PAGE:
Article

Schizophrenic syndromes and frontal lobe performance.

Royal Postgraduate Medical School, Hammersmith Hospital, London.
The British Journal of Psychiatry (Impact Factor: 7.34). 04/1991; 158:340-5. DOI: 10.1192/bjp.158.3.340
Source: PubMed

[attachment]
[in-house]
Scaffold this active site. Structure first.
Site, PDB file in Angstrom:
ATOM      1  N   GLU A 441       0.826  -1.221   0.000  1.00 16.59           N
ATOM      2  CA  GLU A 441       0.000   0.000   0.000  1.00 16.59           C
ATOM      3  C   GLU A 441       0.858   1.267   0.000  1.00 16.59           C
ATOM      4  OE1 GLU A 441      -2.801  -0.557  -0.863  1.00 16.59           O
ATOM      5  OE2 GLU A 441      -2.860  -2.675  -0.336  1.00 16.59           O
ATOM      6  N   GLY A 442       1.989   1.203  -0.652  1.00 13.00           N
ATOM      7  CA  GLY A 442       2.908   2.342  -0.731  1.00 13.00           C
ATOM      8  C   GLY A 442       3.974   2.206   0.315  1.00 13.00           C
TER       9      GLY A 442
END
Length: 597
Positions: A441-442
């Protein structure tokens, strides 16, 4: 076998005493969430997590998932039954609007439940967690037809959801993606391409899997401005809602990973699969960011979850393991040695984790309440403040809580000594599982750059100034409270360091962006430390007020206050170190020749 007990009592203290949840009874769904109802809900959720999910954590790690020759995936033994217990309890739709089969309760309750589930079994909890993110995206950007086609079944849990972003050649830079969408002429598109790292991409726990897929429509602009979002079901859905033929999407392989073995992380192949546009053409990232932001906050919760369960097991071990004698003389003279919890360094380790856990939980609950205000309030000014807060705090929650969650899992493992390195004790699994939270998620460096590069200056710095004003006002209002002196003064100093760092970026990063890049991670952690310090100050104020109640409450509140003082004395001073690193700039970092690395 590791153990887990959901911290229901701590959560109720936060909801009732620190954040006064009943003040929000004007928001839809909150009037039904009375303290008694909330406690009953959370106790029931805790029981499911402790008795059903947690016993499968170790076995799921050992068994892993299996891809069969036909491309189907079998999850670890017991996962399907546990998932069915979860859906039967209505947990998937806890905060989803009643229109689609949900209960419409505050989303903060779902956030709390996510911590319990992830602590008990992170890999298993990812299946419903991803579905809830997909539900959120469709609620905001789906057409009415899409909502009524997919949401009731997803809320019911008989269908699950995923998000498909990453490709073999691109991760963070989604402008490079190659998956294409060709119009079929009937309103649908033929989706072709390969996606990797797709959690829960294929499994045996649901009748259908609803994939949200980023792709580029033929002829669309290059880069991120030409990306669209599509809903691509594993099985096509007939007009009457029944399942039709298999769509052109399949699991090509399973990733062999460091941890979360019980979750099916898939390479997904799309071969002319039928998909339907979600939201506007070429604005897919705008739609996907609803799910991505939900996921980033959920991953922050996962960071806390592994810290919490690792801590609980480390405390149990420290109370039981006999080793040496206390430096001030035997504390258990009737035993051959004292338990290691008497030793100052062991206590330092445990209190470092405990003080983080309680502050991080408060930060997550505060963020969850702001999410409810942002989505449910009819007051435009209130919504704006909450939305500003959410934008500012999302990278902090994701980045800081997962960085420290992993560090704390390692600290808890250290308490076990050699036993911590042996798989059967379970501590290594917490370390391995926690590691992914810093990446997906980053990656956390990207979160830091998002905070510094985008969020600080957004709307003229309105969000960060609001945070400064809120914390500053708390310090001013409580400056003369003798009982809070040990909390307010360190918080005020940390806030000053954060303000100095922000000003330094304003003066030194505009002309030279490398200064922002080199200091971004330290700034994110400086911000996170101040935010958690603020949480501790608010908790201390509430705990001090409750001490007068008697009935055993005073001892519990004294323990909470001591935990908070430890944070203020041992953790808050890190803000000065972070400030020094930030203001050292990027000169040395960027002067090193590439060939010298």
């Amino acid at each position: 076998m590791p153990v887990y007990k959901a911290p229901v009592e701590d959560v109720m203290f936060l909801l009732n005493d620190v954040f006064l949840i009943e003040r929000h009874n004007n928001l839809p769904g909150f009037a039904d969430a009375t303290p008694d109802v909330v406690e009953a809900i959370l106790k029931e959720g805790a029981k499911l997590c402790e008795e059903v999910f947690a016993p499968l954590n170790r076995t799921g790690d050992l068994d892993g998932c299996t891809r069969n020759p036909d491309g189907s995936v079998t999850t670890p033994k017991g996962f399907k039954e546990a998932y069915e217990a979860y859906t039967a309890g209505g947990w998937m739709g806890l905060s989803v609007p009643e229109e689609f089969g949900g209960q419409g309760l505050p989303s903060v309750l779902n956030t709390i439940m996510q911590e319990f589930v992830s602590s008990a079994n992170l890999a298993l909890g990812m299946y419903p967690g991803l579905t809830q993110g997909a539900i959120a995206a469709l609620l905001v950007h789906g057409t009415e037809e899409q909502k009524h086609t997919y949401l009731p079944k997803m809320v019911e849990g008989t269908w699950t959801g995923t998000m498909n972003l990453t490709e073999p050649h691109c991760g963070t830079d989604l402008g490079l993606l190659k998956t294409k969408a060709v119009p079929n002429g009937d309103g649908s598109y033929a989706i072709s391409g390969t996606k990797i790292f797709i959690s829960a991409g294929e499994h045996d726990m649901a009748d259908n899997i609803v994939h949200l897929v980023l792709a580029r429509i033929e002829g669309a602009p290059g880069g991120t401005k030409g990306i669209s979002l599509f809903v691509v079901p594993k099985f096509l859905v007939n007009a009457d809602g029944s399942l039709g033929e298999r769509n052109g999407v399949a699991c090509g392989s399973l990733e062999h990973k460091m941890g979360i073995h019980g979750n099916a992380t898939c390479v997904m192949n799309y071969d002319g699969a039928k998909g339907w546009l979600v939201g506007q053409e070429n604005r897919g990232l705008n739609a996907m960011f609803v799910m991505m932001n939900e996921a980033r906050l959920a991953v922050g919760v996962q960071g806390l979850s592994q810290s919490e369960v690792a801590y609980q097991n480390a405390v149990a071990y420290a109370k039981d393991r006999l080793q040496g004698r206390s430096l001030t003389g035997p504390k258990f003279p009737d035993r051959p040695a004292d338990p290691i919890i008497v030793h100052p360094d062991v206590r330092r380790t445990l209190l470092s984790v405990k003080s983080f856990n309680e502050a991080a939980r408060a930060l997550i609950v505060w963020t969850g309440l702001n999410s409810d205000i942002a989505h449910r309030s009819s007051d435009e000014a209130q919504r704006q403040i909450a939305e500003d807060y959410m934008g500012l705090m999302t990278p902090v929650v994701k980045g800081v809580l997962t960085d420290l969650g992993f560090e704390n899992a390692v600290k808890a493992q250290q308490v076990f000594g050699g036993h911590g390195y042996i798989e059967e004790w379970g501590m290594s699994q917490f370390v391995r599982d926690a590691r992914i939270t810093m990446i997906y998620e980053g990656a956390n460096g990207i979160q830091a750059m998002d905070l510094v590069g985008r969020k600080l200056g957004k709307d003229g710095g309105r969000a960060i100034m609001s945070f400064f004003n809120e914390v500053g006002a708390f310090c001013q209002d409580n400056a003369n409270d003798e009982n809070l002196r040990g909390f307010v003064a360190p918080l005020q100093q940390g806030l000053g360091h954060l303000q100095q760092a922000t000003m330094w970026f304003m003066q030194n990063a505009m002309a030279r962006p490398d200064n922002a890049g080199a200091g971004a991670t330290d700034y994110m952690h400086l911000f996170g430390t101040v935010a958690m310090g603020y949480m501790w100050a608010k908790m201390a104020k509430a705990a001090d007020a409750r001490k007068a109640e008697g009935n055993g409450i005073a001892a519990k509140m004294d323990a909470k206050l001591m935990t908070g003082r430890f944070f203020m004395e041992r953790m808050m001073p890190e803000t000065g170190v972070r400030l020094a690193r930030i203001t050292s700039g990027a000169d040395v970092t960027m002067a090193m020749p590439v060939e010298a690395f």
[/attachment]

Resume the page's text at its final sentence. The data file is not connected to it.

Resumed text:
ABSTRACT A battery of neuropsychological tests sensitive to frontal lobe impairment was administered to 43 chronic schizophrenic patients to delineate the abnormality of mental processing associated with the syndromes of psychomotor poverty and disorganisation, which had been identified in a previous study of the segregation of schizophrenic symptoms. Psychomotor poverty was found to be associated with slowness of mental activity, including slowness of generating words. The disorganisation syndrome was associated with impairment in tests in which the subject is required to inhibit an established but inappropriate response.